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Is Brazil reconsidering new hydro and nuclear plants to guarantee supply? – BNamericas English



Is Brazil reconsidering new hydro and nuclear plants to guarantee supply? – BNamericas <meta name="description" content="Around 60% dependent on hydroelectric power, the country has been forced to use all of its thermoelectric resources – which are far more expensive and polluting – to guarantee supply, as well as increase electricity imports from Argentina and Uruguay.

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Bnamericas Published: Wednesday, September 15, 2021
Is Brazil reconsidering new hydro and nuclear plants to guarantee supply?

The worst energy crisis in Brazil in the last two decades has, once again, raised concerns about the security of its electric power matrix. And part of the answer could come from environmentally controversial sources, such as big hydros and nuclear power plants.  

Around 60% dependent on hydroelectric power, the country has been forced to use all of its thermoelectric resources – which are far more expensive and polluting – to guarantee supply, as well as increase electricity imports from Argentina and Uruguay.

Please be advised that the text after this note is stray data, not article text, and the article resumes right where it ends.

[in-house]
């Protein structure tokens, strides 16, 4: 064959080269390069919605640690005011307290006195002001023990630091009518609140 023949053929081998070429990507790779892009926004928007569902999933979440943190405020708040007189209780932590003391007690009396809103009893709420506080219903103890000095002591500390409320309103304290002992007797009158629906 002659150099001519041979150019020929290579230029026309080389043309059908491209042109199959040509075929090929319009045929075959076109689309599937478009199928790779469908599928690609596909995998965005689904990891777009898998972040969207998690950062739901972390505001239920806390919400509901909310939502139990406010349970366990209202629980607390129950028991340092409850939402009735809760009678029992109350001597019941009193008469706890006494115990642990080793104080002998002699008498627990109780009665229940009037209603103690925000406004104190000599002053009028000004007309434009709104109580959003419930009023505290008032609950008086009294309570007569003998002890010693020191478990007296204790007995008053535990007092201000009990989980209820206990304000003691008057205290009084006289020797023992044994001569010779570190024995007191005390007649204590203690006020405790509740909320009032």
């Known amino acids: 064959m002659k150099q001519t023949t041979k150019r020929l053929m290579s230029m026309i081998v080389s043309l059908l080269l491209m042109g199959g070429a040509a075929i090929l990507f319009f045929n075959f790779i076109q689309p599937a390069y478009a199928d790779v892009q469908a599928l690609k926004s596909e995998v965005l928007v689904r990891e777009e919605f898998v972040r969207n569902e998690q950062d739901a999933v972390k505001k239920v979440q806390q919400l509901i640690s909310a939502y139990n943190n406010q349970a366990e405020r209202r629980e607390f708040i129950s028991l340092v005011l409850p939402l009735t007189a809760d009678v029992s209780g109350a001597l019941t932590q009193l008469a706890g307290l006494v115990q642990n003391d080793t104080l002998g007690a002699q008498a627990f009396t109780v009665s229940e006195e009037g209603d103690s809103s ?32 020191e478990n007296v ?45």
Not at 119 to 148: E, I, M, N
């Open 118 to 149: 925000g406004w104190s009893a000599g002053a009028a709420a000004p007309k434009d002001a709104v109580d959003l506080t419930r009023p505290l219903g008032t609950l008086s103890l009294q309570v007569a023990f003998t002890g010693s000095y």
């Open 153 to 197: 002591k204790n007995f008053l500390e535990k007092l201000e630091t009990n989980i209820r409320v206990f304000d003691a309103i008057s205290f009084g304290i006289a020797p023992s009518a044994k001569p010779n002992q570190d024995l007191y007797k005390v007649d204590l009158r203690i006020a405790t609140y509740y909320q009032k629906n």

As a result, regulated and spot power prices have skyrocketed, adding more pressure to Brazil’s current wave of inflation. 

The situation could have been worse if it were not for the expansion of local wind and solar power installed capacity in recent years. However, the natural intermittency of these sources means a stable base of generation is needed to assure the nation’s power consumption needs are met at any time. 

Besides thermal plants, new hydroelectric projects could help fill this gap, but their potential environmental impacts have hampered greenfield developments in Brazil, mainly when it comes to large undertakings with water reservoirs. 

But even small hydro power plants can cause environmental damage by modifying the course of dammed rivers.